Five months after the High Court of Justice rejected the newest version of the military draft law, ordering its cancellation within a year from last September, Haredi MKs are responding with a draft bill seeking to anchor the right to study Torah instead of enlisting in the Israel Defense Forces as a basic law, which is the closest thing in Israel to a constitutional amendment, Israel’s Channel 2 News reported Thursday.
“Since the birth of the Jewish people, Torah study has been the cornerstone of the nation’s existence,” the draft says. “Even in times of crisis and destruction, Torah study was a refuge and shelter for the nation. Following the destruction of European Jewry in the Holocaust along with its important Torah institutions, the State of Israel undertook to resurrect Torah study from the ashes.”
“This basic law proposes to anchor constitutionally the great value the state assigns to studying Torah, and its desire to encourage Torah study across all sectors,” the draft bill continues. “At the same time, this basic law seeks to anchor the right of those who wish to dedicate themselves to a meaningful period of Torah study to the removal of other obligations imposed on them by state law, such as security service and voluntary national service, in light of the consideration of Torah scholars as providing service to the Jewish people.”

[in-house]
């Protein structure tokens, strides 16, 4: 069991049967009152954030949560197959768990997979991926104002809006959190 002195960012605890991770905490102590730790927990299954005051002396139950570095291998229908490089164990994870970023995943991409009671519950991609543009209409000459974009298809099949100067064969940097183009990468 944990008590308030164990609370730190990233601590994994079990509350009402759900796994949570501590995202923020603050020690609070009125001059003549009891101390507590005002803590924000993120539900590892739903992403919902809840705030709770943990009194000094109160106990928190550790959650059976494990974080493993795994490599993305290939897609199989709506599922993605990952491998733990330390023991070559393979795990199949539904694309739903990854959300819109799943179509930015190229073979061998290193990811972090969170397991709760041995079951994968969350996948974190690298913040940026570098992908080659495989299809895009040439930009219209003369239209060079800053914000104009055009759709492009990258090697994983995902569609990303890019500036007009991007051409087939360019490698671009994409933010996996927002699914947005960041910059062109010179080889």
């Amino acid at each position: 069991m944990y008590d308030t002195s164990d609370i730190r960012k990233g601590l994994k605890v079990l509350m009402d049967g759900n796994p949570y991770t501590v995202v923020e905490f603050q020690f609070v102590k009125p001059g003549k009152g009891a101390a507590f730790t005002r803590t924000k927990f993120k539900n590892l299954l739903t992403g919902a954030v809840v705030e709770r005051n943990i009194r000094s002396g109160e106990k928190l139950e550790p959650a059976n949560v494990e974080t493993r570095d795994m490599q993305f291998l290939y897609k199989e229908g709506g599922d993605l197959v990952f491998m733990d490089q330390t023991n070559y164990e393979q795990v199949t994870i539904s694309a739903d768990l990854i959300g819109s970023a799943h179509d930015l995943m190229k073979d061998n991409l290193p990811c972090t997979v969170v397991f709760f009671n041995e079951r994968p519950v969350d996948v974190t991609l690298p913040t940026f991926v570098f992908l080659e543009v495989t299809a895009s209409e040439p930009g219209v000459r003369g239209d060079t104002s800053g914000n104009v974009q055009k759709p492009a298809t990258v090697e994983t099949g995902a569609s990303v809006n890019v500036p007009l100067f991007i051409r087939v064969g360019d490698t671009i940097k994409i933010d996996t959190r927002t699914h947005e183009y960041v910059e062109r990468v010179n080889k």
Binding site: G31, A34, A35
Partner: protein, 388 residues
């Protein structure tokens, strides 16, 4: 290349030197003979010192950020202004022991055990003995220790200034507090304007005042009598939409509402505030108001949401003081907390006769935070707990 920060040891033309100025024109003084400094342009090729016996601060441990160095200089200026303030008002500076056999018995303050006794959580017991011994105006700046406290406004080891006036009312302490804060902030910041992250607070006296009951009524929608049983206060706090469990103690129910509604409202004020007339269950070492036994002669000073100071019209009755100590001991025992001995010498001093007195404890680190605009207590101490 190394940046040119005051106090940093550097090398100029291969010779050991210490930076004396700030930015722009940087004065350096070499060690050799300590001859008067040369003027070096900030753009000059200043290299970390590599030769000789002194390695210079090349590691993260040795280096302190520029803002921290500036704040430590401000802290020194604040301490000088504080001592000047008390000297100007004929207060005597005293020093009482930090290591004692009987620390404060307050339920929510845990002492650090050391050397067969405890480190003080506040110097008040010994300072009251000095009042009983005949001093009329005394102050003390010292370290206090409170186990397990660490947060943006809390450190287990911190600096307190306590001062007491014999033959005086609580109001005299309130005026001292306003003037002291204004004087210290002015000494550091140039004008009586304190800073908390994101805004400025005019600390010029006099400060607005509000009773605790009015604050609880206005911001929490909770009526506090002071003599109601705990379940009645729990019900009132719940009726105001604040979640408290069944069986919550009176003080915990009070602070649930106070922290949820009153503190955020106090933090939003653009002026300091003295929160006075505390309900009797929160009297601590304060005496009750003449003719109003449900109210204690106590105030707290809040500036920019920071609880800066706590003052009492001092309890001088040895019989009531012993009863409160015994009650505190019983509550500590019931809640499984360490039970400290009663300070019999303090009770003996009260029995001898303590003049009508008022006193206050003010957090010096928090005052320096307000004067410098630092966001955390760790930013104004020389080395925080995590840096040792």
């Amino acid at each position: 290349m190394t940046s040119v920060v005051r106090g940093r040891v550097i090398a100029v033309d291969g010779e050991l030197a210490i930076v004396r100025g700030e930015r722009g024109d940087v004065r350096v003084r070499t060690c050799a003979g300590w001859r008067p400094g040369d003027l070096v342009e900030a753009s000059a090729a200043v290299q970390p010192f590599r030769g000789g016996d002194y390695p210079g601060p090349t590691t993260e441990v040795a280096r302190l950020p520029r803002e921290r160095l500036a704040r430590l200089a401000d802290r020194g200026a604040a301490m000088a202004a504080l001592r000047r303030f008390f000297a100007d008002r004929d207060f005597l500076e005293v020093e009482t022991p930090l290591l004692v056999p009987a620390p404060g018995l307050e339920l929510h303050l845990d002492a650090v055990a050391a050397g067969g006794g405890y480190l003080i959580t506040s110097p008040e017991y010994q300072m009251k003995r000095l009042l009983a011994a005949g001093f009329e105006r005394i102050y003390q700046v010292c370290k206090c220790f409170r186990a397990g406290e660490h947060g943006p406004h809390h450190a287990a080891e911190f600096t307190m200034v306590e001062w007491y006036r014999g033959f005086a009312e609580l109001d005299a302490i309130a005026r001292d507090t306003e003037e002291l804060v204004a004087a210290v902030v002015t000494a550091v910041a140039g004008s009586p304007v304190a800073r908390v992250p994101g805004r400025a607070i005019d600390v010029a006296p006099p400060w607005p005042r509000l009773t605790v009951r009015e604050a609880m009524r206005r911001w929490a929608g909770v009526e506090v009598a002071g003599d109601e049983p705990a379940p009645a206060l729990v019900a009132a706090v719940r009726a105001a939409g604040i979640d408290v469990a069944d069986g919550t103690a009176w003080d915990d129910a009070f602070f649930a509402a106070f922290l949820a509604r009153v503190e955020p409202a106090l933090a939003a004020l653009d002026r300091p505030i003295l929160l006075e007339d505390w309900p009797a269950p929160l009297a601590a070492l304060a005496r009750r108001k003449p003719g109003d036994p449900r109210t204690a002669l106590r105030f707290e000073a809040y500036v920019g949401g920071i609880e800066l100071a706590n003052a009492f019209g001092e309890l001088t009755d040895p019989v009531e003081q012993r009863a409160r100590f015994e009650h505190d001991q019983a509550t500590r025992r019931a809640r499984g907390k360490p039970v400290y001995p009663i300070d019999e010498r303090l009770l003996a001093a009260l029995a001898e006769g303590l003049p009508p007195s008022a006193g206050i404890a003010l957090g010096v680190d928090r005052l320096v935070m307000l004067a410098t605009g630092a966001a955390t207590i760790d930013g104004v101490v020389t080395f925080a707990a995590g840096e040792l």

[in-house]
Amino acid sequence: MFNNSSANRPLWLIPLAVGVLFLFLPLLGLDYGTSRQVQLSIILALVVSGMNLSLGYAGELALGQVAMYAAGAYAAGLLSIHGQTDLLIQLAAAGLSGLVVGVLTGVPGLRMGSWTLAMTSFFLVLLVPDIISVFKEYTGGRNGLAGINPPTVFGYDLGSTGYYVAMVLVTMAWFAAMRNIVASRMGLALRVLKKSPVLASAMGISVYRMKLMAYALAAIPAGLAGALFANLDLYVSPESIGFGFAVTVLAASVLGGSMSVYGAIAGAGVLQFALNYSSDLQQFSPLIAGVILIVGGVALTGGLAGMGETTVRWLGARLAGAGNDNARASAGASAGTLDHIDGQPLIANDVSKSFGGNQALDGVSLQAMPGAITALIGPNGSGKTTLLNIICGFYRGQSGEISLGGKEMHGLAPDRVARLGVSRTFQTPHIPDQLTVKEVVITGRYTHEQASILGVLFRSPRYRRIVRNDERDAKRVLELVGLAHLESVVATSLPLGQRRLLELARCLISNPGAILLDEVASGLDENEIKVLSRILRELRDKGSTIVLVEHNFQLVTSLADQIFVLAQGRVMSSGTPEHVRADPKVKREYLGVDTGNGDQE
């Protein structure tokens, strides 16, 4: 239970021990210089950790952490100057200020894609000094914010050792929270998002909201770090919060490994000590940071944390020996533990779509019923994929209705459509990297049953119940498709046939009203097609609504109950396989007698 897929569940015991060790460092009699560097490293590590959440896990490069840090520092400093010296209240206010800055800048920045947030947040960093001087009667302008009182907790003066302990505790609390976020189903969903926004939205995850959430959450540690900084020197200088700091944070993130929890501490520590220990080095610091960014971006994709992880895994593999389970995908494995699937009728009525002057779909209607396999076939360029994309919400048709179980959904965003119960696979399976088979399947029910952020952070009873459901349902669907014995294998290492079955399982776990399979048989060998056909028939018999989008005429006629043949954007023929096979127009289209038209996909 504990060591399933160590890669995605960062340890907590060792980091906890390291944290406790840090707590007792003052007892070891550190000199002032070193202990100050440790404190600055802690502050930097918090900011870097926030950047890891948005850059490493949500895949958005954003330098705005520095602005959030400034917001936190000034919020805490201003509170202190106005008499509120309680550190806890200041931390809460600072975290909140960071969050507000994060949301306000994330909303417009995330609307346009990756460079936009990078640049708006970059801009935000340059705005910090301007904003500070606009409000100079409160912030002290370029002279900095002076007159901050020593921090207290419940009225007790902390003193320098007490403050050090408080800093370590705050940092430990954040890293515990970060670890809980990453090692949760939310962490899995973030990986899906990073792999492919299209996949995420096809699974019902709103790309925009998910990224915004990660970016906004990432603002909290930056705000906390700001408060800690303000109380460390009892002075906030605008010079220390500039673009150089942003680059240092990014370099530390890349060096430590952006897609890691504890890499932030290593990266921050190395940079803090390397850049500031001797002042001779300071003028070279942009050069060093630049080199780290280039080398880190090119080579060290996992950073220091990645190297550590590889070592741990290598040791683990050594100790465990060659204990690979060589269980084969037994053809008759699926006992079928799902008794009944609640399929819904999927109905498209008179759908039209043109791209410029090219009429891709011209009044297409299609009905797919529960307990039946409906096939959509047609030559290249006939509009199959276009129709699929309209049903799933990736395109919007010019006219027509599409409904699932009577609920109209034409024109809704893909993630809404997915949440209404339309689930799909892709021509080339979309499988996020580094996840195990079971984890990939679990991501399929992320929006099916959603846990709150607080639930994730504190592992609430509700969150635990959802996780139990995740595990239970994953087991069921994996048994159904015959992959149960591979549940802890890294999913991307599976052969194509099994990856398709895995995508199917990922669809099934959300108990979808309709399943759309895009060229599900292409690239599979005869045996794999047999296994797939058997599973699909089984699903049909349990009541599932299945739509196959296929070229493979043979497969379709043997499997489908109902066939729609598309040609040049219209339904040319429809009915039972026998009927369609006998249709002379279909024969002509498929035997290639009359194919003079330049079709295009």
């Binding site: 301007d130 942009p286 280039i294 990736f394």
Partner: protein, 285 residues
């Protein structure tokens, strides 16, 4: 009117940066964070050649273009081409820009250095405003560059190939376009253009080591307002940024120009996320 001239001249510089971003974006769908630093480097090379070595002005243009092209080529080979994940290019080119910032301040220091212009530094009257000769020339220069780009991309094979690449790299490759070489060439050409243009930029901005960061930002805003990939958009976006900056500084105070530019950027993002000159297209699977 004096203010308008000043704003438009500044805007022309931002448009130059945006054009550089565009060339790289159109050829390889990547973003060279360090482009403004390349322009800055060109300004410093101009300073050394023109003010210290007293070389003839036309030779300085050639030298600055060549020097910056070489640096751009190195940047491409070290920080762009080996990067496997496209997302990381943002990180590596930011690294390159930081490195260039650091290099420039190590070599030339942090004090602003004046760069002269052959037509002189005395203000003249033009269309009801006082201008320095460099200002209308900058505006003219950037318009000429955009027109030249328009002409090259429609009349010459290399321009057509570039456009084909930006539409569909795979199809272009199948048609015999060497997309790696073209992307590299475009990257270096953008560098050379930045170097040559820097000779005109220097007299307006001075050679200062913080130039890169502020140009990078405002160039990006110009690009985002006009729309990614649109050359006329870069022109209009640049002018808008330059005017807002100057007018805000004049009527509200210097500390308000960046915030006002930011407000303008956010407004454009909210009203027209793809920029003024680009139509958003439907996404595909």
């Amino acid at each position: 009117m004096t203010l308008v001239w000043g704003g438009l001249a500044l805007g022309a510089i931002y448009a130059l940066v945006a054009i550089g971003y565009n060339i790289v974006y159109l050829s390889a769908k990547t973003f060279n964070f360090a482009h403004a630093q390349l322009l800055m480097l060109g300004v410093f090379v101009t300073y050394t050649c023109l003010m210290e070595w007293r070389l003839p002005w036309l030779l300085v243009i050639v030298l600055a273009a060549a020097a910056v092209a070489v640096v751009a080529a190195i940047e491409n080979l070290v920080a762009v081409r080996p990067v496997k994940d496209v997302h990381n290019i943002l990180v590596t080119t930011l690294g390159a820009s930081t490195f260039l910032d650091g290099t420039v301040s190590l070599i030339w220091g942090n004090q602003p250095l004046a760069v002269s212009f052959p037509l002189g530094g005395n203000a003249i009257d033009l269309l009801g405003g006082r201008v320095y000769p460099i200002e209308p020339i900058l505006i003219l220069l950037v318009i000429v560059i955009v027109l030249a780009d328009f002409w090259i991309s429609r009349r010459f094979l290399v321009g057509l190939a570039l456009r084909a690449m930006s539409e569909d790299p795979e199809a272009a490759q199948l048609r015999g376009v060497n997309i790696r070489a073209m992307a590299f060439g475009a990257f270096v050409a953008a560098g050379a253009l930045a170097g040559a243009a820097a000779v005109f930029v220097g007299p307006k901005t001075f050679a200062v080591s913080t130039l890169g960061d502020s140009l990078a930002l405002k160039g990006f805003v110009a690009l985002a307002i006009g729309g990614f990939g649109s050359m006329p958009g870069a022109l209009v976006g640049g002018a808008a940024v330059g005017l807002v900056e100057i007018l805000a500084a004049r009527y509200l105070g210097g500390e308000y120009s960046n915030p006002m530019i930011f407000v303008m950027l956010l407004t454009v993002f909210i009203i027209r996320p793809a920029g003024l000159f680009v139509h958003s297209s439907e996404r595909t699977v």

The Haredi MKs make it clear that the draft bill is their response to the High Court’s decision to revoke the draft law and intends to regulate the issue of enlisting Haredim in the IDF, noting: “This clarification is also intended to address the issue that the Supreme Court has asked the Knesset to regulate. Therefore, this basic law is also intended to clarify the position of the Knesset, anchoring constitutionally the policy of every Israeli government to date, which determines that, in light of the centrality of the value of Torah study and its importance as a service to the Jewish people – anyone who wishes to dedicate himself to Torah study for a long period of time will be absolved of the duty to enlist in the military.”
Last September, the High Court of Justice decided to accept a petition against the draft law and order its annulment within a year. The law in question amended the existing law, enacted by the Haredi parties in 2015, an amendment which the High Court found to be “disproportionate and unconstitutional.”
“A layer-by-layer examination of the provisions of this arrangement reveals that there is a deep failure in this law’s ability to realize the goal of significantly reducing the inequality in the distribution of the burden of military service,” the justices ruled.
The majority opinion, written by then court president, Justice Miriam Naor, determined that the 2015 military recruitment law harms equality in a manner that violates the constitutional right to human dignity.
“The regulation suffers in large part from the flaws inherent in the previous draft regulation, which led to the determination that it is unconstitutional,” Naor wrote.